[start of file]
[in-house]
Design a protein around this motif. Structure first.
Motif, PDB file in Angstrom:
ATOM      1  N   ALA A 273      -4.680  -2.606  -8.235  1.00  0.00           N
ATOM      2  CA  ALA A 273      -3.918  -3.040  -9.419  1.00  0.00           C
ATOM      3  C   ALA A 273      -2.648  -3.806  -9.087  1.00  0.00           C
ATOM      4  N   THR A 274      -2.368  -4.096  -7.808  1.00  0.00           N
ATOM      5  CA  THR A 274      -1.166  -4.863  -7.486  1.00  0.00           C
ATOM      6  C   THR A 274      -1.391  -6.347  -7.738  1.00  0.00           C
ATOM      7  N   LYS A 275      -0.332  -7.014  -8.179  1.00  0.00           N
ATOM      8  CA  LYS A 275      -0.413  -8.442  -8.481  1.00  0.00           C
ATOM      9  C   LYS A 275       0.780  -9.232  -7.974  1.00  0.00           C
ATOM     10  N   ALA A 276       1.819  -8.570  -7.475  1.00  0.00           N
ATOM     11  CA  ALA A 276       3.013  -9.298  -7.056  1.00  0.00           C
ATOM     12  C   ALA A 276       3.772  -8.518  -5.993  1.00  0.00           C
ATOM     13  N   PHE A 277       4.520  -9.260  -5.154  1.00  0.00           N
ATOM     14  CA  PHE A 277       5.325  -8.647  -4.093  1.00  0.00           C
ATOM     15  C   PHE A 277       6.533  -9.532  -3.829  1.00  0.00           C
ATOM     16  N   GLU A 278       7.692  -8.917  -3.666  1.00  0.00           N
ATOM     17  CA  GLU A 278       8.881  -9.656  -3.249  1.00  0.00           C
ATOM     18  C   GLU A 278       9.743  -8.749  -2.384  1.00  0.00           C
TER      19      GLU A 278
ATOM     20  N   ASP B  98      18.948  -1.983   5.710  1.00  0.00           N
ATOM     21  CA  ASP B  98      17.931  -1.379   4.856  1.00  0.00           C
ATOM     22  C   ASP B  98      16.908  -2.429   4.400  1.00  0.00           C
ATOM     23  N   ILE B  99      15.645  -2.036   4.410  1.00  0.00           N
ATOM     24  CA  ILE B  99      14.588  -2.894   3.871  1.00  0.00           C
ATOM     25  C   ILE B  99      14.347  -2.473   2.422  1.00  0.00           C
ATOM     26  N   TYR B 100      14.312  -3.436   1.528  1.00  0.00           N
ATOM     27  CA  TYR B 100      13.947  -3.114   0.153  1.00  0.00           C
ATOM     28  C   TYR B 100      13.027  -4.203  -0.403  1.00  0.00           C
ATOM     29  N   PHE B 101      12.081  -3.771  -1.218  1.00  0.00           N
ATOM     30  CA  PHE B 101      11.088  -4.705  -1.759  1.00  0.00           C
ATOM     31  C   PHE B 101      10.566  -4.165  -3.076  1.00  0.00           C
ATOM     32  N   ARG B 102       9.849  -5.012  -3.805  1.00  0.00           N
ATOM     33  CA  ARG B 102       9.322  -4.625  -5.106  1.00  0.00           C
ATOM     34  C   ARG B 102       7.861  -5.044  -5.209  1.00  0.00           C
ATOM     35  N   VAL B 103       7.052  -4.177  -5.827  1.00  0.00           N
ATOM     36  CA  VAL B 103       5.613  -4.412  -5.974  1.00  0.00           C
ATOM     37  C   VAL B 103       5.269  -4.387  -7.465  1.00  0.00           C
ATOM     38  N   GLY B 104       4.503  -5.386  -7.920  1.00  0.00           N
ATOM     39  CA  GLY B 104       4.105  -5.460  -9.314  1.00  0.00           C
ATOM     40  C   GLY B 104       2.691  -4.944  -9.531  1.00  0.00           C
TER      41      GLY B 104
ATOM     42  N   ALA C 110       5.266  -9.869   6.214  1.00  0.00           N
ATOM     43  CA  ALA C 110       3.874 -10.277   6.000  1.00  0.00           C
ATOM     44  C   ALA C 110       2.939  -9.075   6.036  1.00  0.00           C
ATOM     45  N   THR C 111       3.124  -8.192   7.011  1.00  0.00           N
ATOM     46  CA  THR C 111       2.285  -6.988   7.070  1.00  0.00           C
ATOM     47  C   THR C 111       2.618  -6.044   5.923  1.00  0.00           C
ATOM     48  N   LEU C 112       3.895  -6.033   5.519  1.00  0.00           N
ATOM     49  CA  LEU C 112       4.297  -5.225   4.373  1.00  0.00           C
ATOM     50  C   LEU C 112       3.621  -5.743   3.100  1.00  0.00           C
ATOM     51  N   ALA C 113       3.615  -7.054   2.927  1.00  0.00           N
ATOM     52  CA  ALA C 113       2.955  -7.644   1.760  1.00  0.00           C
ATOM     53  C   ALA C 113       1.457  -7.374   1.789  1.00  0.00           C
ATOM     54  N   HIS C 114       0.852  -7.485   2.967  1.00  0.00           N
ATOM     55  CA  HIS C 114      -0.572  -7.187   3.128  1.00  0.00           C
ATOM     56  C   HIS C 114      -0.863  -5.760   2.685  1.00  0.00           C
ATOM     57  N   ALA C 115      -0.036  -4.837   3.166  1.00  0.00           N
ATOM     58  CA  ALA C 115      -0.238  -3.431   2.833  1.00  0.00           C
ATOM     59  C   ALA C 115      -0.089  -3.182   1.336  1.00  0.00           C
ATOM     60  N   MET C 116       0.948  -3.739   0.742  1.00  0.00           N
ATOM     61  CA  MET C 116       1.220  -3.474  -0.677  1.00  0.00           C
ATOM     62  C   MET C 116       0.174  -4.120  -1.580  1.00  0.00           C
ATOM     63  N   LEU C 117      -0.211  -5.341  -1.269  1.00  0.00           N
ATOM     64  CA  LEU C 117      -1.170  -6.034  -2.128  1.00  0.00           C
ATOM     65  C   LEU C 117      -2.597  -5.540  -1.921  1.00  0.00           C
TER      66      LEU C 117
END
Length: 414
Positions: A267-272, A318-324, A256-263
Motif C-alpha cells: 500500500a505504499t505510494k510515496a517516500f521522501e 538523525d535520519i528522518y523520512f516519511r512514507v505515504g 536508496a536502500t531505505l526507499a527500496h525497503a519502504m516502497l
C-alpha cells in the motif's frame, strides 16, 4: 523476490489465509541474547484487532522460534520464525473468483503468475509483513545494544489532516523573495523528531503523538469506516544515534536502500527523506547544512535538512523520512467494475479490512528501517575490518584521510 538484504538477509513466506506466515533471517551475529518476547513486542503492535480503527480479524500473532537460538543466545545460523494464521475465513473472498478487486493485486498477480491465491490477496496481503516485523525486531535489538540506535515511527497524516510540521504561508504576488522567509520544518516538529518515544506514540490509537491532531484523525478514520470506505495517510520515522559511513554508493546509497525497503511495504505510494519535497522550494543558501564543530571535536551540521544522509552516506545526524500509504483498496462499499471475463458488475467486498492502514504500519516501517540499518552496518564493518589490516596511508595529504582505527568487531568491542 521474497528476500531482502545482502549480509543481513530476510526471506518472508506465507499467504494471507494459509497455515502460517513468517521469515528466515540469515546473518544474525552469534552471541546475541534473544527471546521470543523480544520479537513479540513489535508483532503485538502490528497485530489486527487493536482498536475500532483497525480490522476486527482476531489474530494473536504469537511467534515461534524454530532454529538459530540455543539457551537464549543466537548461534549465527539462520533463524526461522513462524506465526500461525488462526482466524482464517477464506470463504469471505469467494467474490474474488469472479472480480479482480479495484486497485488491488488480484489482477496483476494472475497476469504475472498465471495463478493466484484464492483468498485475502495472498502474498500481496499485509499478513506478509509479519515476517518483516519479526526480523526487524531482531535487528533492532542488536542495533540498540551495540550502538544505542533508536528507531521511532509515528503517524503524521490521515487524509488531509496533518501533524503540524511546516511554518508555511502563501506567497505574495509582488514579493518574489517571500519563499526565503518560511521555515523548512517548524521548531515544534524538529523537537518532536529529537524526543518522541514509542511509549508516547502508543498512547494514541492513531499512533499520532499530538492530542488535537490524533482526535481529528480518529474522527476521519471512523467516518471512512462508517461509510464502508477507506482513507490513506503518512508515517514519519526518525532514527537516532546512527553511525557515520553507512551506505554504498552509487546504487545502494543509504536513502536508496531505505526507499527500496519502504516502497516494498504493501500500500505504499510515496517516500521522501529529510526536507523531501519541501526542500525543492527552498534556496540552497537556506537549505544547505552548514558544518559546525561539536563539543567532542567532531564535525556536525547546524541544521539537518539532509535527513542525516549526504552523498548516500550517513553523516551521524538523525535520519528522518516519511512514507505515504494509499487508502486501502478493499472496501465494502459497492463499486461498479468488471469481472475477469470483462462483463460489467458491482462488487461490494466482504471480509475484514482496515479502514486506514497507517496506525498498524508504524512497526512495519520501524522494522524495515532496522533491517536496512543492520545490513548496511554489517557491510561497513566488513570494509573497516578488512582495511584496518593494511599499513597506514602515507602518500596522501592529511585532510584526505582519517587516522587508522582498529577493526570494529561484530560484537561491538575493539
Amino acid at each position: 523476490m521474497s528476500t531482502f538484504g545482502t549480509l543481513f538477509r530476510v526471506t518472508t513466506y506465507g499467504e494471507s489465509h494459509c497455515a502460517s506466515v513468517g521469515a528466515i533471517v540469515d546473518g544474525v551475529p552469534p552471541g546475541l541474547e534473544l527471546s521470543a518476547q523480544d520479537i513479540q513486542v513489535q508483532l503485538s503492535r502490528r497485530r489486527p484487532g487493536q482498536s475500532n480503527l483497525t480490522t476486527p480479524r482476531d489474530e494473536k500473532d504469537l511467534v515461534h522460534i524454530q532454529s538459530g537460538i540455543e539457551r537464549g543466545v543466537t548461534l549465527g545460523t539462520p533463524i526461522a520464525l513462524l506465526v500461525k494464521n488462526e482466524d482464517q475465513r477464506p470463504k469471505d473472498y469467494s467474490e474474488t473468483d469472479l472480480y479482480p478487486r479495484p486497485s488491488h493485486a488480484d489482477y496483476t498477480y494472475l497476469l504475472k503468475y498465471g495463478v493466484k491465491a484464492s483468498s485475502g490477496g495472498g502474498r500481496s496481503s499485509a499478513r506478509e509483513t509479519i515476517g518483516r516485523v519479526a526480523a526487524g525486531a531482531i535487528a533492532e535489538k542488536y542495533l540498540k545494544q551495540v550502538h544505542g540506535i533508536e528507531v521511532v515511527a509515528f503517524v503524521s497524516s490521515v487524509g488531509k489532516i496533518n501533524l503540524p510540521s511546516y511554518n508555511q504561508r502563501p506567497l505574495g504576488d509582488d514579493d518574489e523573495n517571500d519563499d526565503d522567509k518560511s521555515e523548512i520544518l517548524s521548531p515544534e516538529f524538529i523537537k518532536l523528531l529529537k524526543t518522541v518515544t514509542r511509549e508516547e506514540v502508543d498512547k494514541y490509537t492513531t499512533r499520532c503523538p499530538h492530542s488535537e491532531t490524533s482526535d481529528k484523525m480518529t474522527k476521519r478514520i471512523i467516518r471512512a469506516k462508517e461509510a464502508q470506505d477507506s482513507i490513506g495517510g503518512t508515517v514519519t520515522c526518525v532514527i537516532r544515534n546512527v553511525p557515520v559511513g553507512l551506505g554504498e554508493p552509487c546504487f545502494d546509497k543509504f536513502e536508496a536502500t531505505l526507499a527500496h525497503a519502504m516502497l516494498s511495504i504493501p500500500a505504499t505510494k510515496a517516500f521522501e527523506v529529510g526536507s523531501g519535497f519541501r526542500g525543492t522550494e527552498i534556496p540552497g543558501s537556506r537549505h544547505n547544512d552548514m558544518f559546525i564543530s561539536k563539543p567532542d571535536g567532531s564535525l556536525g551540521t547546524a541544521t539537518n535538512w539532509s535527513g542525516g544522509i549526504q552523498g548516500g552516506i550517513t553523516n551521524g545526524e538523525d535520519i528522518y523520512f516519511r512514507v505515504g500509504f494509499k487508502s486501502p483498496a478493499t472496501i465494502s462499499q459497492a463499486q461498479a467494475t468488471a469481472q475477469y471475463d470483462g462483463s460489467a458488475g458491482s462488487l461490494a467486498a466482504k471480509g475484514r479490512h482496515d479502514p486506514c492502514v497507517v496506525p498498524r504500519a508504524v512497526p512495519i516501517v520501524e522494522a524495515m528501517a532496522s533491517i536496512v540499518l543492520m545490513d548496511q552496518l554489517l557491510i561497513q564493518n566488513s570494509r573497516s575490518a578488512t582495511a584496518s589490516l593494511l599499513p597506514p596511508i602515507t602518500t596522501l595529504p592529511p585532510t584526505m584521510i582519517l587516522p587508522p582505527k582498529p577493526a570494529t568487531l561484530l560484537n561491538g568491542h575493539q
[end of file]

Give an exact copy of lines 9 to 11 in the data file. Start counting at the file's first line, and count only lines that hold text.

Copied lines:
ATOM      6  C   THR A 274      -1.391  -6.347  -7.738  1.00  0.00           C
ATOM      7  N   LYS A 275      -0.332  -7.014  -8.179  1.00  0.00           N
ATOM      8  CA  LYS A 275      -0.413  -8.442  -8.481  1.00  0.00           C